In his last “Conversation Tree” blog post before Monday’s elections, former Speaker of the National Assembly and former PPP executive member Ralph Ramkarran is appealing to the citizens to resist attempts to provoke post elections violence.
Ramkarran, who persons have come to rely on for objective assessments on domestic political developments, warned of allegations that political parties may try to frustrate the process which could be intended to provoke the unwanted violence.
He said any political party that is guilty of irresponsible behavior, making unprovable or ridiculous allegations for the purpose of excusing violence, or of failing to restrain its supporters, does not deserve sympathy.
“If the majority of Guyanese collectively choose to return the PPP/C to office, despite the great disappointment this will cause among APNU+AFC supporters, this choice must be accepted peacefully. If Guyanese decide to change their Government and support the APNU+AFC coalition, whatever trepidation PPP/C supporters may feel, their Party having been in power for 22 plus years, Guyanese must equally accept the results peacefully,” he added.
The former member and now stanch critic of the ruling People’s Progressive Party Civic – PPP/C – said the election results must be accepted. He said political leaders know that unless there is “a total breakdown of the Guyana Elections Commission – GECOM’s – systems, which has never occurred since 1992, the outcome of the elections will be a true reflection of the will of the electorate.”
“GECOM, the electoral process and the elections, must be given the respect they deserve because they have stood the test of time, have earned our respect, and GECOM has grown from strength to strength. Problems do arise but these are few and scattered. There is therefore no excuse for violence.”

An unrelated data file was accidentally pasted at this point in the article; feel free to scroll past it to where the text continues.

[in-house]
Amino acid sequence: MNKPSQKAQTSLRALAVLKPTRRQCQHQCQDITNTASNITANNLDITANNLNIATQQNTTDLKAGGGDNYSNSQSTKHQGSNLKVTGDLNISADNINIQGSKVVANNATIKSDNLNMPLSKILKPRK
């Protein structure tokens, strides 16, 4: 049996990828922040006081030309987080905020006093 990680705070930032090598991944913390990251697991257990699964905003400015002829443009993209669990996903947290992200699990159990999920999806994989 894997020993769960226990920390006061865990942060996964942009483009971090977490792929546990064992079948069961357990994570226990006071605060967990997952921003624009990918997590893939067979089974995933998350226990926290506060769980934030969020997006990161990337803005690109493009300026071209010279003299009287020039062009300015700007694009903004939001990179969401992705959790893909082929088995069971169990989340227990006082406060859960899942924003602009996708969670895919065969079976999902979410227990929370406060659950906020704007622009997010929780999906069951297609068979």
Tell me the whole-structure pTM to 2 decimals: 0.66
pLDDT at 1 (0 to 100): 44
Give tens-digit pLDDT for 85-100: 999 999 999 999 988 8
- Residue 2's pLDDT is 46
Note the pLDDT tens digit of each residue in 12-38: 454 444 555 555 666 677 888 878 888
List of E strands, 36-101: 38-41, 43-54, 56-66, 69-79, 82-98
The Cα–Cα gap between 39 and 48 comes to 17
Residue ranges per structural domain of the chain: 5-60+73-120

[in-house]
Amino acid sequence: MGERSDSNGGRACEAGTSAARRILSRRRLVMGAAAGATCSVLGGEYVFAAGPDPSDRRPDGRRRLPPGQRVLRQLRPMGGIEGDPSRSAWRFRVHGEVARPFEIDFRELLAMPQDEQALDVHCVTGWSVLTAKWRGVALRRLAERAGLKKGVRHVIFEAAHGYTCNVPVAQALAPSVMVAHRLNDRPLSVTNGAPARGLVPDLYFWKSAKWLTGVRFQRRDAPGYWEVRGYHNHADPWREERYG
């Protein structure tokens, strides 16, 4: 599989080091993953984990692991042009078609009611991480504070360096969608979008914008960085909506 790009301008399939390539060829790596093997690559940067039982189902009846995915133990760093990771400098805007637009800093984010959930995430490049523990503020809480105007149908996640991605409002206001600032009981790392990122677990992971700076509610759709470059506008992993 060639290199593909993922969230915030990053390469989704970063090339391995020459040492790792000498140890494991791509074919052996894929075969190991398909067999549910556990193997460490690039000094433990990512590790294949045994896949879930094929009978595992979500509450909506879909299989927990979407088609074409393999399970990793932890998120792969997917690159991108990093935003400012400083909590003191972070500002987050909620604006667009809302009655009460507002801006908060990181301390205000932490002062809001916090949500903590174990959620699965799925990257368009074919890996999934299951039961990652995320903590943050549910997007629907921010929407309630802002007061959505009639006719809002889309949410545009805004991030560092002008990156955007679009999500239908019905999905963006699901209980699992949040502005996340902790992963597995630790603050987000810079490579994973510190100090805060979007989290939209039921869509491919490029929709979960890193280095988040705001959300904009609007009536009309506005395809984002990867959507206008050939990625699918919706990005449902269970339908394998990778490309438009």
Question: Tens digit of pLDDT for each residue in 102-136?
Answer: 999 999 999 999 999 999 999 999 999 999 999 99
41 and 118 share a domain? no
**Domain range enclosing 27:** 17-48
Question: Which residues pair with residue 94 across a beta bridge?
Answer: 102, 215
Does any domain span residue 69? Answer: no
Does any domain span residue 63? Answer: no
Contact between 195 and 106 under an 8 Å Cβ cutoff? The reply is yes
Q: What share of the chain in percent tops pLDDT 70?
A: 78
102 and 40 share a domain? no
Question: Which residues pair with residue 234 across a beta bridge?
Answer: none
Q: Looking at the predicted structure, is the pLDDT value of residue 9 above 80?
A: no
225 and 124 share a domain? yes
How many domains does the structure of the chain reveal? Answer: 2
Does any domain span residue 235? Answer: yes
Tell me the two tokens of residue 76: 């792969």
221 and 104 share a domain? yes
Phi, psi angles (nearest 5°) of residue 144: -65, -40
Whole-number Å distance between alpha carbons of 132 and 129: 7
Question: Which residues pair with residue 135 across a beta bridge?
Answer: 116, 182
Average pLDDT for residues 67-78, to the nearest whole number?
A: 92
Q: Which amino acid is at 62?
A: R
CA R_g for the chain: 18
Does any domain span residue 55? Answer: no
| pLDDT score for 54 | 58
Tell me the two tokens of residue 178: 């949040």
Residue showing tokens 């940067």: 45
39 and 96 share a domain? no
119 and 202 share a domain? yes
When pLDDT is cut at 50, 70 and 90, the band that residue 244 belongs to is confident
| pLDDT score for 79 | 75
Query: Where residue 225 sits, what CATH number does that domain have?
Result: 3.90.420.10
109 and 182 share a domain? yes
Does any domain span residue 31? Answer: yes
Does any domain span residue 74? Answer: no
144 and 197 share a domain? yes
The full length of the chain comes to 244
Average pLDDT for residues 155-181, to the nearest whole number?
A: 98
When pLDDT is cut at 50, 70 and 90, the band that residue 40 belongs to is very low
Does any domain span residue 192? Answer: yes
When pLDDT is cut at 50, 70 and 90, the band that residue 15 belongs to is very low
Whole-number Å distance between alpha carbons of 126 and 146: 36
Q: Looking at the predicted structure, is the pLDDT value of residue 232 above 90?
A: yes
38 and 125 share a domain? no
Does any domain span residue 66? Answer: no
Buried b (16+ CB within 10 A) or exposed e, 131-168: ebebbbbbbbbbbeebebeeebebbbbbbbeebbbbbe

Ramkarran said many believe that Guyana’s elections are a competition for ethnic dominance and that results reflect a win or loss for an entire ethnic group but reasoned that after the elections are over and passions subside, Guyanese go about their business in a largely peaceful atmosphere.
He believes too that notwithstanding the criticisms that have been made of GECOM over the past few months, it is well positioned to deliver free and fair elections, as it has done since 1992.
On a separate note the former House Speaker acknowledged the presence of foreign observers including that of former U.S President Jimmy Carter which he believes lends confidence to a process that has been under suspicion because of historical reasons.
“Political parties struggle for every vote and it is reasonable to expect criticisms that are targeted to improving the process. But allegations of the rigging of past elections and plans by the Police to arrest many people so that the results can be affected, which means several thousands of people, show how ridiculous these complaints can become. Ridiculous though many of them are, they tend to inflame passions.”